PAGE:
Critical Report Threatens U.S.P.S. Efforts to Boost Stamp Prices
March 15, 2002
The U.S. Postal Service is reportedly trying to keep a highly critical study of its operations from derailing its efforts to raise stamp prices. It wants to boost the price of a first-class stamp from 34 cents to 37 cents as early as June.
The report, filed last week by the Postal Service's Office of the Consumer Advocate, makes these charges among others:
- The Postal Service is guilty of "unacceptable" customer service deficiencies -- ranging from long lines at post offices to delays in delivery of Priority Mail.
- Priority Mail, which costs at least $3.50, is said to move more slowly than much cheaper first-class mail -- and the report accuses postal officials of trying to make it difficult for customers to compare prices, and of misleading customers about Priority Mail services.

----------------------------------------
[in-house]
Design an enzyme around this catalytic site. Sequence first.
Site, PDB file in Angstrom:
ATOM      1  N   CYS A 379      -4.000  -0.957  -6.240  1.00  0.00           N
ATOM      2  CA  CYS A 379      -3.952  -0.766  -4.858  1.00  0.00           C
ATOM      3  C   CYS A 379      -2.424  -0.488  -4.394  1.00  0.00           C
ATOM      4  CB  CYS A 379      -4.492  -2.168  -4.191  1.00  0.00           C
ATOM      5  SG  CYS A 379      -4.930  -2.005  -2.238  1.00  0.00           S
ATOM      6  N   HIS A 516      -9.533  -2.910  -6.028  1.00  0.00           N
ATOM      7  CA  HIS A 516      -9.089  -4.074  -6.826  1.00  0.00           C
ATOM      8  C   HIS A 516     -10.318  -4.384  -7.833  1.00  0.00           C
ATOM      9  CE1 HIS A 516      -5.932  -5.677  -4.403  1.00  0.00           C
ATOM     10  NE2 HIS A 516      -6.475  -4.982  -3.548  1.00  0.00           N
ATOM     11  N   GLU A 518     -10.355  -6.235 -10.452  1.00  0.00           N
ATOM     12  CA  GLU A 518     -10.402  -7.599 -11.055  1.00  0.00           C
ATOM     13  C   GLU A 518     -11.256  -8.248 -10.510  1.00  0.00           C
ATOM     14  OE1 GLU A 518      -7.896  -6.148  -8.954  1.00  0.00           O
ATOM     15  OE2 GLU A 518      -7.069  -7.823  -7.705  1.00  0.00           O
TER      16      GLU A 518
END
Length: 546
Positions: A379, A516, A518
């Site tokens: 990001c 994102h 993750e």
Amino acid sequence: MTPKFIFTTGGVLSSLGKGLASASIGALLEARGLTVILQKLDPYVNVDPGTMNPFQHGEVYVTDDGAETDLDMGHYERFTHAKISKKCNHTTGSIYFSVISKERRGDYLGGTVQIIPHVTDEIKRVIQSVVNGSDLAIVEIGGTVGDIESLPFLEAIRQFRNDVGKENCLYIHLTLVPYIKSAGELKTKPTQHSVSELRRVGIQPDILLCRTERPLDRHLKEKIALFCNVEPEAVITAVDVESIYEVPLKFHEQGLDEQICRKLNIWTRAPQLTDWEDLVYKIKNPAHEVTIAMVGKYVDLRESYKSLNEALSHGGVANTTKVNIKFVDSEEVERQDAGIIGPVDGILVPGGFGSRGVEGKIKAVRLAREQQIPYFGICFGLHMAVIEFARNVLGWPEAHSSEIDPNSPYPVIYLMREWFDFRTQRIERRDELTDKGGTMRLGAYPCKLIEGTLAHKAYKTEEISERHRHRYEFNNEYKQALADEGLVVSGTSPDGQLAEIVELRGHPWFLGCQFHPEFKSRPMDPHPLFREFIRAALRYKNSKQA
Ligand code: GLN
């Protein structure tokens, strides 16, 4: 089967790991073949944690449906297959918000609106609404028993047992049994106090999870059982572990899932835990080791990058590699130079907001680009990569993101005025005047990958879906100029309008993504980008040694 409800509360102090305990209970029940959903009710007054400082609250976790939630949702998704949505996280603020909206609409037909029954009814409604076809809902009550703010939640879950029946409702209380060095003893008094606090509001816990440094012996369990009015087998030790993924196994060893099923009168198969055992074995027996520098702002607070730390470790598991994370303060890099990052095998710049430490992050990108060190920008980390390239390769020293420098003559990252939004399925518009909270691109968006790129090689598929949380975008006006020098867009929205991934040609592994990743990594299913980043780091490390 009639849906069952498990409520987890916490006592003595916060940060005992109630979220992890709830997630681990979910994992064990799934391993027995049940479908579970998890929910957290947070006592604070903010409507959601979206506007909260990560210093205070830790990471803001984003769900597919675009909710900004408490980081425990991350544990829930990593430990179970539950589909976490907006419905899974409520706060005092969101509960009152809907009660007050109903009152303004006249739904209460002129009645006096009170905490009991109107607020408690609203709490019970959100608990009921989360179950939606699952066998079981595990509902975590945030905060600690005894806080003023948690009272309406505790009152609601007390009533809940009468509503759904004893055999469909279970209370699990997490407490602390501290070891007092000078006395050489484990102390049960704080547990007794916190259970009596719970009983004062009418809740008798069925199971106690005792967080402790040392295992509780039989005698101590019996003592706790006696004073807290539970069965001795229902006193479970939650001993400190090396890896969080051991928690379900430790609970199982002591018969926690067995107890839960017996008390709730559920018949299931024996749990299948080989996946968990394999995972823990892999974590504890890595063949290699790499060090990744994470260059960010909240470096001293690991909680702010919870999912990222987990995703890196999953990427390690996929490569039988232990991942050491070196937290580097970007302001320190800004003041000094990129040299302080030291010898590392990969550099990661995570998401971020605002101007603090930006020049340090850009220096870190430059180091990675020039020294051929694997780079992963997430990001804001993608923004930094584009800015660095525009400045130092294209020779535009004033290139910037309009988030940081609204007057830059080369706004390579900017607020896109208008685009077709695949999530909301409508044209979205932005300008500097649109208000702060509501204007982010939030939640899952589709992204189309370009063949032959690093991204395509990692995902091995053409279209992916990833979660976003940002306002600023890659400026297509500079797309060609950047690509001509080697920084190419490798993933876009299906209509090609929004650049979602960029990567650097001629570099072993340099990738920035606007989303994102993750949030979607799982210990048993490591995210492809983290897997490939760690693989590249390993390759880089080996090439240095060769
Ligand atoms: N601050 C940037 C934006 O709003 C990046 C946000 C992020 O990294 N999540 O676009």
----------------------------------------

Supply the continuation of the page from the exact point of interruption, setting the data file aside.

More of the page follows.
- The U.S.P.S. anticipates losing more than $2 billion in the fiscal year ending Sept. 30.
Officials are demanding that the report be erased from the record of the Postal Rate Commission that is considering the proposed increase. They contend that allowing the criticisms to become a part of the commission's official record "would be inappropriate and would not serve a practical purpose."
Source: Rick Brooks, "Postal Service Tries to Keep Critical Study from Derailing Its Request to Boost Rates," Wall Street Journal, March 15, 2002.
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